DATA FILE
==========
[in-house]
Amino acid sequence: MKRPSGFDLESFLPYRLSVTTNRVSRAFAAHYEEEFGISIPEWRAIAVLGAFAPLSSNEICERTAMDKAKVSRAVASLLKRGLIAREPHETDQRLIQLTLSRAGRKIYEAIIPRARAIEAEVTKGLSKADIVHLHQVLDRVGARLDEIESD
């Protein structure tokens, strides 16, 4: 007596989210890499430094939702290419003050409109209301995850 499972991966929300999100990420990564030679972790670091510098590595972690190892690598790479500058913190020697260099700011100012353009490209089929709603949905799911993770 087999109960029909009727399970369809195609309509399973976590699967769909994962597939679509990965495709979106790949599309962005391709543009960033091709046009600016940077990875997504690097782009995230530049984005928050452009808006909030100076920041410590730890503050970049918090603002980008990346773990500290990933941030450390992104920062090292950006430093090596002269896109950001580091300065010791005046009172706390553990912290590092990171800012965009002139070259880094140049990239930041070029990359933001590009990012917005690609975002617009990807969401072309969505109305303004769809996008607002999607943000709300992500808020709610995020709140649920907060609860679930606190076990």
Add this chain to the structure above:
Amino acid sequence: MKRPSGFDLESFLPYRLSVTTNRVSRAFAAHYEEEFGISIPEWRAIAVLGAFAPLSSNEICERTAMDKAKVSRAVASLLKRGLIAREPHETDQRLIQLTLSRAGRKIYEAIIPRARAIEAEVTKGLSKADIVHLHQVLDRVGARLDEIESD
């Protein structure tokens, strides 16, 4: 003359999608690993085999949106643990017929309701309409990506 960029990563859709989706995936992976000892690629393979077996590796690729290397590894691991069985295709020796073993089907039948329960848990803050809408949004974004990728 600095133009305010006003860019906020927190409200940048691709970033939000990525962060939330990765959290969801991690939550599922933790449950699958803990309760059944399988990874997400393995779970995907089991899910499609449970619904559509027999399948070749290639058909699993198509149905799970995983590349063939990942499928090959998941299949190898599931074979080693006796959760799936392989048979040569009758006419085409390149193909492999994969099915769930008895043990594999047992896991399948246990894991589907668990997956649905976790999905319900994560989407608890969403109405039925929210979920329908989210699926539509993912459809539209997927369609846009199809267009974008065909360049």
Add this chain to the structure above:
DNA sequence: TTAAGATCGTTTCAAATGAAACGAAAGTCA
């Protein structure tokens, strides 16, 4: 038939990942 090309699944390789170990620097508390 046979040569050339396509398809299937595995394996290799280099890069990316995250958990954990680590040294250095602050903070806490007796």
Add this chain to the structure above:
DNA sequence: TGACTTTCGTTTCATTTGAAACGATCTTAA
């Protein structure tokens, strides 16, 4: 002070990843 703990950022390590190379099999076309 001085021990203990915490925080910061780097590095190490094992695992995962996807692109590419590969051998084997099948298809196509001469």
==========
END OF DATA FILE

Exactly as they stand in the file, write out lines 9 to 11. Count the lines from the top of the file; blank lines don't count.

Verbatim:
């Protein structure tokens, strides 16, 4: 038939990942 090309699944390789170990620097508390 046979040569050339396509398809299937595995394996290799280099890069990316995250958990954990680590040294250095602050903070806490007796």
Add this chain to the structure above:
DNA sequence: TGACTTTCGTTTCATTTGAAACGATCTTAA